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The Warsaw Voice » Business » September 16, 2009
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Huge Deficit Increase in 2010
September 16, 2009 By A.R.    
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283 billion euros is how much the global financial crisis may cost banks in the euro zone by the end of 2010, according to the European Central Bank.

Poland's 2010 budget deficit is expected to rise to zl.52.2 billion, almost double the 2009 target deficit of zl.27.2 billion, in a deferred effect of the global economic crisis, Finance Minister Jacek Rostowski told Rzeczpospolita daily newspaper Sept. 5.

If the projection turns out to be correct, Poland's 2010 budget deficit will be the highest in absolute terms since 1990, when the country embraced a free market economy.

But the 2010 deficit of zl.52.2 billion would represent only 3.8 percent of the GDP, Rostowski said, less than during the previous crisis of 2001-2002, when the deficit accounted for 4.2 percent and 4.9 percent of the GDP respectively-and also less than in 2003 and 2004, when the figures were 4.4 percent and 4.5 percent respectively.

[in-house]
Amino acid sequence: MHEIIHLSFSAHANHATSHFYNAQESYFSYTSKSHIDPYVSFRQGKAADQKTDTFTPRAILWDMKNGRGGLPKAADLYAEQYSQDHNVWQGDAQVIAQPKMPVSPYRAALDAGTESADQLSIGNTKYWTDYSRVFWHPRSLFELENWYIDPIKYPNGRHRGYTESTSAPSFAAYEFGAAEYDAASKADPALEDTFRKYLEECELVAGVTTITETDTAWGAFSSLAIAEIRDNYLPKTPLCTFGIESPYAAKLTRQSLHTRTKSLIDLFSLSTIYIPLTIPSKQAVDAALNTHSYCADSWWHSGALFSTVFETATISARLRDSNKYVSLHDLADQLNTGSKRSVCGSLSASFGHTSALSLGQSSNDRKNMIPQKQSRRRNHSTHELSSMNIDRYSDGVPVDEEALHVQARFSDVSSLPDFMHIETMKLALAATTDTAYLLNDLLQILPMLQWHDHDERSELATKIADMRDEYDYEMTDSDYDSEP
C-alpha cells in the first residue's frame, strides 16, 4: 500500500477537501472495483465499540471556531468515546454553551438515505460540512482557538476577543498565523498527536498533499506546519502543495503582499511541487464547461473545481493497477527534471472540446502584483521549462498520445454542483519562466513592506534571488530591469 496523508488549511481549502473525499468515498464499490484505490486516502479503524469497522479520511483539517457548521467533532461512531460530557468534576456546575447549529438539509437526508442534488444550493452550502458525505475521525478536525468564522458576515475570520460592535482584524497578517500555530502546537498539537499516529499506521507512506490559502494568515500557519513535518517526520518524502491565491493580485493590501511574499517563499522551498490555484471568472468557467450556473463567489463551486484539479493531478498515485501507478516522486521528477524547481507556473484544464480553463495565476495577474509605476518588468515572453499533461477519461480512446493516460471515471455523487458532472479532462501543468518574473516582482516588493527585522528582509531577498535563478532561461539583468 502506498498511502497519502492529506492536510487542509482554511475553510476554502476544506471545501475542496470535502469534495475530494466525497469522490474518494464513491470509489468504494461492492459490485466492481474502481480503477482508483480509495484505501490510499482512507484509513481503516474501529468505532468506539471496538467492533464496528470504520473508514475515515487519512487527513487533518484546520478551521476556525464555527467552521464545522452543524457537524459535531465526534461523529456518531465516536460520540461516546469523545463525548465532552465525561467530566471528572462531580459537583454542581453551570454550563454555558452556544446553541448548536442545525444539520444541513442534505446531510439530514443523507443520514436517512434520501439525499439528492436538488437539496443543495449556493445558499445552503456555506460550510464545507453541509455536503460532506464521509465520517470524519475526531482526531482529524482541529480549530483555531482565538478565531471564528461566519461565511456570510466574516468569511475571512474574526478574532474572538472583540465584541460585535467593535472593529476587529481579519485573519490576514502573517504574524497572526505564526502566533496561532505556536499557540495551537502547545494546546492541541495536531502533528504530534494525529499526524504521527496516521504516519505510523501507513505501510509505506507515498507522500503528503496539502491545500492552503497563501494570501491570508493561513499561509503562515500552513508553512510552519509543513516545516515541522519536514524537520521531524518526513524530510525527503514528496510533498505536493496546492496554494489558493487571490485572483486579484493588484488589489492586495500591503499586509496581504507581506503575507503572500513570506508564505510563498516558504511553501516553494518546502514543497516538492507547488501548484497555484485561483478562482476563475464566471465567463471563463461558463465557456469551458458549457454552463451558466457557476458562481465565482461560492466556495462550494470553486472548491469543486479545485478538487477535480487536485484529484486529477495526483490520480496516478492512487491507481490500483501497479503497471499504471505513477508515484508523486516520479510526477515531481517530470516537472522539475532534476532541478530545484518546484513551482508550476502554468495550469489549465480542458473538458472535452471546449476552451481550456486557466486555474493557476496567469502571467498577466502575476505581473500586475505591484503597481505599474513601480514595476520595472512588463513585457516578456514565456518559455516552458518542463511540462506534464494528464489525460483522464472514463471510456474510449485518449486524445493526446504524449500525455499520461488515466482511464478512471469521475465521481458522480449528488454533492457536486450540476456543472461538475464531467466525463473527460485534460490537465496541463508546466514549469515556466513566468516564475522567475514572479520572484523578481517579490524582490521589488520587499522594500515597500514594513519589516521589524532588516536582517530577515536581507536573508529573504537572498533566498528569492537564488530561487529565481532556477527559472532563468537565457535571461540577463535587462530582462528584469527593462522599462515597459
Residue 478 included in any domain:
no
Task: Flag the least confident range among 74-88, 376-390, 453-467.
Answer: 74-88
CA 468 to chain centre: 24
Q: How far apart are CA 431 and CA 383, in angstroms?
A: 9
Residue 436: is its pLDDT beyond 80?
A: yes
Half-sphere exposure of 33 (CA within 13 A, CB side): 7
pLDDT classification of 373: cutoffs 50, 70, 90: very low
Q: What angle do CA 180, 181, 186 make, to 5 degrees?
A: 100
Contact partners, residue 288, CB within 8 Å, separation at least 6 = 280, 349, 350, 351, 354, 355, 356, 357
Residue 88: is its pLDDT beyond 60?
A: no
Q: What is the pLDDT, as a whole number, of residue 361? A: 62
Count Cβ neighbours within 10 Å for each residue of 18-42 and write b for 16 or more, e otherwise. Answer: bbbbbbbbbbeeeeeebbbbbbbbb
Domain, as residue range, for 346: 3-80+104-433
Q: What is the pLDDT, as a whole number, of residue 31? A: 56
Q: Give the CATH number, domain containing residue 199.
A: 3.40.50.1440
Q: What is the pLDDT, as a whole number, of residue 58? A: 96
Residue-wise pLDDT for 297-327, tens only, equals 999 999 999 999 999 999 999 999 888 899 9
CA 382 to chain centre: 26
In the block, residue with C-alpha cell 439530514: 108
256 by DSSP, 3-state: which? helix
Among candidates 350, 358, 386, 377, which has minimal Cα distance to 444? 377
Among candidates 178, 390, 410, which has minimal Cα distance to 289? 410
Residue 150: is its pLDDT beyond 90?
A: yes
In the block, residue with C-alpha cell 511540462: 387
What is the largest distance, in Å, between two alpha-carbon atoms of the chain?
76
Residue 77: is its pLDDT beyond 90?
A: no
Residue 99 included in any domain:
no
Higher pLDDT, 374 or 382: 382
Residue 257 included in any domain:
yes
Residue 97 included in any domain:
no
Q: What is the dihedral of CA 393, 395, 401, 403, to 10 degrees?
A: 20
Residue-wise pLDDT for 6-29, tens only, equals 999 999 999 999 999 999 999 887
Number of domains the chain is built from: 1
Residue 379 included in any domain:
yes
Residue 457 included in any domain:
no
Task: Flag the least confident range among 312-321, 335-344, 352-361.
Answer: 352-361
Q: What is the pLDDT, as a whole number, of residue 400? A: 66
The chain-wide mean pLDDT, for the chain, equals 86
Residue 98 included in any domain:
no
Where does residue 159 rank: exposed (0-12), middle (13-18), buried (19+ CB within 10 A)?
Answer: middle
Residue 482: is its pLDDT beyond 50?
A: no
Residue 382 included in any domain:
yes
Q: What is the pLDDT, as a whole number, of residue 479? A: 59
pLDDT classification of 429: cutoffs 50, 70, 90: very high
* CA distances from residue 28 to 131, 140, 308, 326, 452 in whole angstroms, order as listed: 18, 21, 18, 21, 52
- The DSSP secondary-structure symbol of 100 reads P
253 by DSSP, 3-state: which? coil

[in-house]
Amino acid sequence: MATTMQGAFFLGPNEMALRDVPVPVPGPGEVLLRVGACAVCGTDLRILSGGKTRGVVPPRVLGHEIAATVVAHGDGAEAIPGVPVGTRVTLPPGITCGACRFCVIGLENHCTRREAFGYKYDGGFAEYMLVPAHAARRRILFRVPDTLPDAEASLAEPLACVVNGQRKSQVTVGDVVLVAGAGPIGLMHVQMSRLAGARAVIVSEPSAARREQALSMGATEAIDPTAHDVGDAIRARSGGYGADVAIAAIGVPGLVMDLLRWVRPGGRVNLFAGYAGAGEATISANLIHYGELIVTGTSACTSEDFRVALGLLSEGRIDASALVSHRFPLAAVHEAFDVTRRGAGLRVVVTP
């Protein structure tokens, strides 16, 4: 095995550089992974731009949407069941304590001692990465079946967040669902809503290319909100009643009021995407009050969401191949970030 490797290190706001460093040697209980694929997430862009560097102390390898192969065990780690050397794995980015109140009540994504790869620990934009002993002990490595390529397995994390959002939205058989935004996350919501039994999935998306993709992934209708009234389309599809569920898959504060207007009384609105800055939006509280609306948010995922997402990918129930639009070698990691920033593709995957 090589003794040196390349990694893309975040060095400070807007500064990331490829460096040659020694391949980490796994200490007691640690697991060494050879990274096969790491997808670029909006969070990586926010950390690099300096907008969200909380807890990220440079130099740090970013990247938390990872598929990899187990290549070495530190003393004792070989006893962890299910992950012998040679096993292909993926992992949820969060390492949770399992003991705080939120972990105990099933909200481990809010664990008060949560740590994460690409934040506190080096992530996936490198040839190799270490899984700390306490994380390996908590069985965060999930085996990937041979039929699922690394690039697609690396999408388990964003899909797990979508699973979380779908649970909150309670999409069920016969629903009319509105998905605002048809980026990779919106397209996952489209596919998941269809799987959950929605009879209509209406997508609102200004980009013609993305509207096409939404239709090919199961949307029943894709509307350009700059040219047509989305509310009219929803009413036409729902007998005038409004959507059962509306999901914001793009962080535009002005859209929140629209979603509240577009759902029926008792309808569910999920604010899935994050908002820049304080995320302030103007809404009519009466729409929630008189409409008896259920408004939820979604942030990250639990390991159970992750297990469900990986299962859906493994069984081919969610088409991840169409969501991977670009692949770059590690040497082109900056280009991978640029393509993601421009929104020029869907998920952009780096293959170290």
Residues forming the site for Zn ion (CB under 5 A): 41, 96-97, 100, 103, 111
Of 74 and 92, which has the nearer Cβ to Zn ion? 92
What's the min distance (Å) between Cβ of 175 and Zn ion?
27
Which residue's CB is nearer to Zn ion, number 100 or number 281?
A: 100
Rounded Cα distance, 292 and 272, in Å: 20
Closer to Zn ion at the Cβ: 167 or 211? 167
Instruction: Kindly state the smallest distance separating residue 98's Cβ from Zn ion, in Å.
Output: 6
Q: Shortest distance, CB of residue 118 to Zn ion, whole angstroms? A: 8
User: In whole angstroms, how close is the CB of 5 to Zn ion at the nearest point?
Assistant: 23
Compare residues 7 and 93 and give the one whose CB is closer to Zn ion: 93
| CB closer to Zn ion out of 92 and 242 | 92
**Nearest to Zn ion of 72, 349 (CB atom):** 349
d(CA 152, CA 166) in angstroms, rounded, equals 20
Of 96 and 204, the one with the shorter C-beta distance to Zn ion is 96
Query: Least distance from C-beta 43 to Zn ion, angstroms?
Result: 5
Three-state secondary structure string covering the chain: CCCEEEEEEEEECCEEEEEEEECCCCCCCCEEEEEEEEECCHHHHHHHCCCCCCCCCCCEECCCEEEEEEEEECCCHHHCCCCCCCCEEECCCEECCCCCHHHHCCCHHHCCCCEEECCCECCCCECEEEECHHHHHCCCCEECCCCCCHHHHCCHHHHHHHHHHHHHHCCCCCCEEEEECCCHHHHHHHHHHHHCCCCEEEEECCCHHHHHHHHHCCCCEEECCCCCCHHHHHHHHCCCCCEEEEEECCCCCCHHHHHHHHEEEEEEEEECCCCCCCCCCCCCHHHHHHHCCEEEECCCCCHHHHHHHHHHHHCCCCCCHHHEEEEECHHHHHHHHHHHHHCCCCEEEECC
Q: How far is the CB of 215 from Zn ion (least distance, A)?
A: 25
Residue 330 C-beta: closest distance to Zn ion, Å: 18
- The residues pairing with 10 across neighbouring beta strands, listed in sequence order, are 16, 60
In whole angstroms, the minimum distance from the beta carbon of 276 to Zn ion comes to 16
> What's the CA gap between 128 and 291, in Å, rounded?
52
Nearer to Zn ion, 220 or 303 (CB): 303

Next year's budget deficit is expected to soar due to a sharp decrease in government revenue in a delayed impact of the crisis, Rostowski said.

The good news is Poland is the only economy in Europe that continues to grow despite the crisis, though its GDP growth rate has decelerated from 4.9 to 1.1 percent.

The government has several options to finance expenditure at a time of crisis, Rostowski said: it can reduce expenditure and increase revenue by raising taxes and privatizing state-owned companies, or it can widen the deficit. The first and second options are difficult to put into practice, Rostowski said, because they require extensive legislative changes and are unpopular with the public. The easiest way is to increase the deficit. According to Rostowski, receipts from privatization, estimated at zl.28.5 billion this year and next, will help Poland keep its budget deficit in check.

Rostowski's disclosure about the deficit target for next year has caused little alarm on financial markets. Many analysts expected a wave of drops on the Warsaw Stock Exchange and a significant weakening of the zloty following Rostowski's statement. Meanwhile, the WSE's WIG20 blue-chip index gained more 2 percent during the first session after the interview was printed, while the exchange rate of the zloty remained unchanged.
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